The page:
“Either way you are dead. It’s just that our way you’ll never be heard from again,” Juno replied seriously.

“You’re not kidding, are you,” Caleb said.

“No, I am deadly serious. Our way, we can use your voices in the holo-projection we’ll send Fleet. Your way, you’ll be our prisoners until we can find a place to deposit you where you won’t reveal our plans and either way, we get The Exodus One. We’ll just have to create another accident to make a full crew disappear. You decide. You can be full partners in this venture, or you can watch through force fields and out of contact with everyone but your guards.”

“We get The Exodus One?” Deborah asked.

“It’s your ship still. But not for long, we don’t have a lot of time.

Evolution Advanced

“Captain, may I speak with you,” Jared’s communications officer chirped in privately.

“Is there a problem, Commander?”

“An anomaly, Sir. We don’t know what to make out of it.”

“I’ll be there in a moment, Commander.”

Jared stood, whispered something to Juno, and walked out of the room.

“Problems, Jared?” Jacob asked.

“Don’t know yet, I’ll let you know as soon as I know something,” he said from outside the room making a hasty dash to the communications console.

“What is it commander?”

“Remember when we passed that pulverized moon’s debris field?”

“What about it?”

“The computers picked something up. We discounted it as part of the magnetic disturbance an event like that causes—”

“Get to the point soldier,” Jared said impatiently.

“Looking back at it with more time and nothing else to distract us, I think there might be someone back there. It may be too late since escape pods and space suits have a limited air supply, but we may want to go take a look, just in case—”

“Jacob, come to the bridge double time, please."

“On m’way, Sir!” Jacob gave Juno a look and she nodded.

“What’s up, Captain?” he said walking into the bridge of the Jericho.

“You saw the other ship crash into that moon. What are the odds someone survived?” Jared asked.

“Slim to none, Sir. Why?”

“We were reviewing our records of the trip and came across what could be a signal. The area is really magnetically disturbed because of the sudden shift in status. However, Commander, I can’t explain this signal.” The communications tech played the snippet of tape.

“Damn!” Jacob said. “It’s been more than two days; they have to be out of air by now. I guess we need to go get the bodies, anyway. We owe them that much.”

He stepped away from the com console and contacted Juno telepathically to let her know that he was taking a shuttle to the pulverized moon planet.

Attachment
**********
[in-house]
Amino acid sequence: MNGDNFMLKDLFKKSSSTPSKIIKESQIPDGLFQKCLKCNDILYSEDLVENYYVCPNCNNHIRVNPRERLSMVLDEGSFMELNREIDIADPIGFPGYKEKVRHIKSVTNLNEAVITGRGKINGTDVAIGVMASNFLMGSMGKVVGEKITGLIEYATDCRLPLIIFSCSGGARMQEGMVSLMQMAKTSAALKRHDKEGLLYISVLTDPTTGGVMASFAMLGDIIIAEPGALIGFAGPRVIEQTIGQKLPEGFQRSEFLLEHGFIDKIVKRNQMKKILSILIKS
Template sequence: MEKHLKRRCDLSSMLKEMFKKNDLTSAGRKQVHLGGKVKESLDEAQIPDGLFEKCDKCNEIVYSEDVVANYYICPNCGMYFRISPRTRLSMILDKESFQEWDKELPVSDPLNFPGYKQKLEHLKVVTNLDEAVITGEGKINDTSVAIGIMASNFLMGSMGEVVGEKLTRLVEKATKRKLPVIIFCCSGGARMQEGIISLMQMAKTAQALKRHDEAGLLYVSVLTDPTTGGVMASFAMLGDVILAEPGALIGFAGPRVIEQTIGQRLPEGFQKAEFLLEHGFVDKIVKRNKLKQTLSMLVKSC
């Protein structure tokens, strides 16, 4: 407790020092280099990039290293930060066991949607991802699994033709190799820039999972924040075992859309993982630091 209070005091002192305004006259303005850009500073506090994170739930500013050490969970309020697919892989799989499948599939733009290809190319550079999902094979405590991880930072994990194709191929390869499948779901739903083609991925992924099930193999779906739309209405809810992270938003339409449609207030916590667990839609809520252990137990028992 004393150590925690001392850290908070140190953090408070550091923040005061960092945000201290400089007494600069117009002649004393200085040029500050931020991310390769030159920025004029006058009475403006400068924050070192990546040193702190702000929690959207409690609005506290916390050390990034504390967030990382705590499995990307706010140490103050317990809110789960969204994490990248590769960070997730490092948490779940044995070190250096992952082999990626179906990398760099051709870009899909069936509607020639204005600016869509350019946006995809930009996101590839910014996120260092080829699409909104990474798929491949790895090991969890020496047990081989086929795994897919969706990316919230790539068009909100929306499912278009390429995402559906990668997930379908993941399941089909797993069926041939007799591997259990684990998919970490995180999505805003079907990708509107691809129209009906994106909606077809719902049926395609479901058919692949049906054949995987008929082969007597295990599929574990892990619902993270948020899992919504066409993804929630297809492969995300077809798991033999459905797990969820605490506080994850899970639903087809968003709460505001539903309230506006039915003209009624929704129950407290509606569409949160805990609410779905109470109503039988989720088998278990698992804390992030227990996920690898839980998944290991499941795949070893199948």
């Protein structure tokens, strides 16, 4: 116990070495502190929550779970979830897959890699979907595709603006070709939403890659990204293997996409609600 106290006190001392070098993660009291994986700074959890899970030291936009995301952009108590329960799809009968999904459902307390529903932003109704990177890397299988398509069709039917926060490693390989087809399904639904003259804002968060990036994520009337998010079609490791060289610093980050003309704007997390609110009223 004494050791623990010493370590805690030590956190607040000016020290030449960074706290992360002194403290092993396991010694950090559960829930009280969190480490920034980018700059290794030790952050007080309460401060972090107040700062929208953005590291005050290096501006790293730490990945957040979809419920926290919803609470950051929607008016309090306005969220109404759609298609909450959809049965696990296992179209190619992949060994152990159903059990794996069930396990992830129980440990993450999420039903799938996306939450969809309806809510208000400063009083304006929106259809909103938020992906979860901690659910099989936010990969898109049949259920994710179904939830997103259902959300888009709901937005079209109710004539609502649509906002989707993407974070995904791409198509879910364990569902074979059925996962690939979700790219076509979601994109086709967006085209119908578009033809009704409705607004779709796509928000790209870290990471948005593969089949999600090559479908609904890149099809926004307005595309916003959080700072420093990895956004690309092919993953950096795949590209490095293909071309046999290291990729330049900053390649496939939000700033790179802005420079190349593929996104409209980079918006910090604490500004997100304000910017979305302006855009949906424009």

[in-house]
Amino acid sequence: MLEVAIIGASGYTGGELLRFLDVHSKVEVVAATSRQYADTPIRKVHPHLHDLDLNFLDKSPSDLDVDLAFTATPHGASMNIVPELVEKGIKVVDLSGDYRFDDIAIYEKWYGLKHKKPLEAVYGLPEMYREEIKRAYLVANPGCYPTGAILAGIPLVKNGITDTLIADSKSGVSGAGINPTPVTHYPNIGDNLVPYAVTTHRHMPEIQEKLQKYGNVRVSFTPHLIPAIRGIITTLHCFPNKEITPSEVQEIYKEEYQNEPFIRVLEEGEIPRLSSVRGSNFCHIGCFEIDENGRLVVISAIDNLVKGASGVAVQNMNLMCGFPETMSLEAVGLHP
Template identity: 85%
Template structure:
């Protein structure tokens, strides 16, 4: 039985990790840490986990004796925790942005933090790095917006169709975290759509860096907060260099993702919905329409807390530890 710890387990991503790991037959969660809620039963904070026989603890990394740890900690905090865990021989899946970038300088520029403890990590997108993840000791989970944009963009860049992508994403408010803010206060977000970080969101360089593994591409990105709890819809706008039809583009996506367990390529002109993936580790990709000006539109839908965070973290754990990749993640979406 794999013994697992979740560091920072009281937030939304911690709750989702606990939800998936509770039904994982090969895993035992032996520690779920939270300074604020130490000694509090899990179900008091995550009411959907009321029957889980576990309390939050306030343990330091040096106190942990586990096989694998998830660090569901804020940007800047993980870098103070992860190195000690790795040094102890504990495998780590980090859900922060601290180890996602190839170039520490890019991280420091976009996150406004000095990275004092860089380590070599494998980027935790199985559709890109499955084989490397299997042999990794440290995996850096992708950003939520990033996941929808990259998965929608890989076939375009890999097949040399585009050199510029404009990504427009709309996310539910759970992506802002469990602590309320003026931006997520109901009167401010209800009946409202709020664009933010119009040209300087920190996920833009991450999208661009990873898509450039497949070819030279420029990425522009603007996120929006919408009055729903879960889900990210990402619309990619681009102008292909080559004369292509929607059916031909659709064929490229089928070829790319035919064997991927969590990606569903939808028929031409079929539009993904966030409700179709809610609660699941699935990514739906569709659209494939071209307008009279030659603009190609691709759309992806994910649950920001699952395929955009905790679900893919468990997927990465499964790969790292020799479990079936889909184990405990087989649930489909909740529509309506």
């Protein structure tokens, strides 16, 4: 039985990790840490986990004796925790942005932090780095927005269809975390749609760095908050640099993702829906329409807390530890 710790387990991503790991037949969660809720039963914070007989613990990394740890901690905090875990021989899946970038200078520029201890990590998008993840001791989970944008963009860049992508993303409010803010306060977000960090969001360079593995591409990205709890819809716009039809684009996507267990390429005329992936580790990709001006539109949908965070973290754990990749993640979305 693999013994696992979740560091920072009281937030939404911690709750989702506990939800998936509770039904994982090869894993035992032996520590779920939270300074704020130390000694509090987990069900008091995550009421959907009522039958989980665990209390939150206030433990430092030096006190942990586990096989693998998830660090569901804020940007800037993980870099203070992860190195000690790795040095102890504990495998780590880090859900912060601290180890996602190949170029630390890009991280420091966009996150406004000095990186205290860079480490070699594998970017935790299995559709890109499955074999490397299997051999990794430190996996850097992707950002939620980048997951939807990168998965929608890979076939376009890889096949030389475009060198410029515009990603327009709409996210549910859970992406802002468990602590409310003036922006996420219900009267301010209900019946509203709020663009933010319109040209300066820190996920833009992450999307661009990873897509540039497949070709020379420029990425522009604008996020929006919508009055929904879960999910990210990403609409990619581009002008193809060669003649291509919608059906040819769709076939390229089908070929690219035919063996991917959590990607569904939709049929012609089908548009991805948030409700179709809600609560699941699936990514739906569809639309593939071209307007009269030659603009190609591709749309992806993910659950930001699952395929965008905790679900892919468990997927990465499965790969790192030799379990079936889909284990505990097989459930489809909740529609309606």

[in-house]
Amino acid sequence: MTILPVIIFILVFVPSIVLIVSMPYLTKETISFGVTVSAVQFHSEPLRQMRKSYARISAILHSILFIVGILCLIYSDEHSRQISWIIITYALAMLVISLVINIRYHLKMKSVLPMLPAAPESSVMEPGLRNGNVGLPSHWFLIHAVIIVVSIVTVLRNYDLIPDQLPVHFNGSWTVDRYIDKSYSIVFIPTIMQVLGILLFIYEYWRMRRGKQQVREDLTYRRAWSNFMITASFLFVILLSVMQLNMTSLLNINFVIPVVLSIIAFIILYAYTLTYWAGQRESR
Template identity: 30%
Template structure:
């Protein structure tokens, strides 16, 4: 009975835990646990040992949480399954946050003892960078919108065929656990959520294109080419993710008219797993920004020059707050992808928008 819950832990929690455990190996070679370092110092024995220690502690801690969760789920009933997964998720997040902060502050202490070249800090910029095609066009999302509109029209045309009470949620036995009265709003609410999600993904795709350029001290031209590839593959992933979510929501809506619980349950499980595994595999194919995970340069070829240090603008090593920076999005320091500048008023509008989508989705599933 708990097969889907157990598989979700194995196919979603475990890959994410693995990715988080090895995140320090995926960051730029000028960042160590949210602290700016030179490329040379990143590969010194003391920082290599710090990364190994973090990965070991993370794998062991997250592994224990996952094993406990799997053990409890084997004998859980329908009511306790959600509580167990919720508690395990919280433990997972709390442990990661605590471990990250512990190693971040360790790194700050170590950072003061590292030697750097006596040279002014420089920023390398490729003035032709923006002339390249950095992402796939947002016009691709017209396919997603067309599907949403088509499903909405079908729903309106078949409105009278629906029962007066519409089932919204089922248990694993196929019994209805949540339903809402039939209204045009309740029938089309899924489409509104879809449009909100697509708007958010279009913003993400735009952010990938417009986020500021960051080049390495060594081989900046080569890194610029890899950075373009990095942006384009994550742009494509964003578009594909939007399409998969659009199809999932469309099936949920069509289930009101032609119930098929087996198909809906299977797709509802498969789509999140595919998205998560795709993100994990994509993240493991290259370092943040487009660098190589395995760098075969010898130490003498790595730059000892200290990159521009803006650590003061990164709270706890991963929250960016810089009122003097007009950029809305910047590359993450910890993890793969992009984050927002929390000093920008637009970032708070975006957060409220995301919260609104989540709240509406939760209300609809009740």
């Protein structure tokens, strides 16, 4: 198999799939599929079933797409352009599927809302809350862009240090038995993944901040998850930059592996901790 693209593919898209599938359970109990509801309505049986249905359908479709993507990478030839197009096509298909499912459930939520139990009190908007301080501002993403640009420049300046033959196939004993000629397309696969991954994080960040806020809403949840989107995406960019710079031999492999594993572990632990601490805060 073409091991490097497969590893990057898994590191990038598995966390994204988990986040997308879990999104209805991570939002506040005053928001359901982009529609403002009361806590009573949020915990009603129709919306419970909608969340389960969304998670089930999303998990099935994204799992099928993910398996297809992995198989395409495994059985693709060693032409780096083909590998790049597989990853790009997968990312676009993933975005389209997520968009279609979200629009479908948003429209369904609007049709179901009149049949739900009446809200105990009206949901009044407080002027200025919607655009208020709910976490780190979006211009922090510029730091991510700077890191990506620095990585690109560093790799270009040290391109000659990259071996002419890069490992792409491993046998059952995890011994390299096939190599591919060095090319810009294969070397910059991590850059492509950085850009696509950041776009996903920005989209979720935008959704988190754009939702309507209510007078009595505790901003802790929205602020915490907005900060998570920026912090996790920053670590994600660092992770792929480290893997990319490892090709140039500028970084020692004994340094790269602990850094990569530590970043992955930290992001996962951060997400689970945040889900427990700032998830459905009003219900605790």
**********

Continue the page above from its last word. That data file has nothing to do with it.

“See that the Captain gets home, please, Commander. I’m gonna go check it out.”

“Let’s just take The Jericho, Jacob. We can make much better time—”

“What about our guests, Sir?”

“Our crews know what they’re doing. We could be there in a fifth of the time it would take a shuttle to travel the distance.”

“You’re right, Jared; I’ll go tell Juno and the others, you start heading that way. I don’t need to tell you to hurry, do I? Let the other ships know what’s happening so they don’t get worried. Get Esther and her geology team to look at the probes and charting computer recordings of the explosion on a split screen. We were runnin’ a skeleton crew so everything got sent directly to the database.”

Before long, the bridge of The Jericho was filled with lead teams from the four ships.

“The bad news is that the explosion ripped most of the atmosphere from the planet,” The science officer studying the data reported. “However, that comes with good news; what remained surrounding the planet were the heavier gasses, less noxious to humans.”

“What exactly are you saying here, Lieutenant?”

“The Argo’s data shows several escape pods jettisoned out of the rear of the ship a few seconds before the impact—”

“That would have to be some of our people. Benjies wouldn’t be trying to leave their own ship. They had no idea of the situation on The One,” Deborah interrupted the science officer.

“So they jettison out hoping you’re winning and will come back for them. I wonder if they sent a message—in the condition your ship is in, it would take longer to search its database than it would take to search the planet,” Jared said.

“I am sorry, please continue, lieutenant,” Deborah said in a much friendlier tone.

“I’d hate to have been in one of those pods; it must have been a rough ride. The explosion cleared the planet’s atmosphere of oxygen depleting gases. If they made it to the planet with the escape pods intact, according to the data I have been able to gather from The Exodus One; the old model escape pods had oxygen extractors built in. Our models were changed to conserve space and lower the weight requirements. It is possible someone could have survived—”

“What else do we know about the planet?” Juno asked as Deborah and her crew watched the proceedings more anxiously.

“Just what we learned as we passed by at more than plus eight, combined with The Argo’s charting computer data gathered at pretty much the same speed, Captain. We did not launch any probes. We discovered the signal accidentally, studying the survey records the ship’s charting computers do automatically; it is standard protocol.

“How much longer,” Caleb asked as Ruben elbowed him on the ribcage.

“My brother was on that ship,” Caleb said pushing Ruben against the wall.

“And your brother made it off the ship right before it flew into a moon. Wake up Caleb!” Ruben answered shoving Caleb back into a console.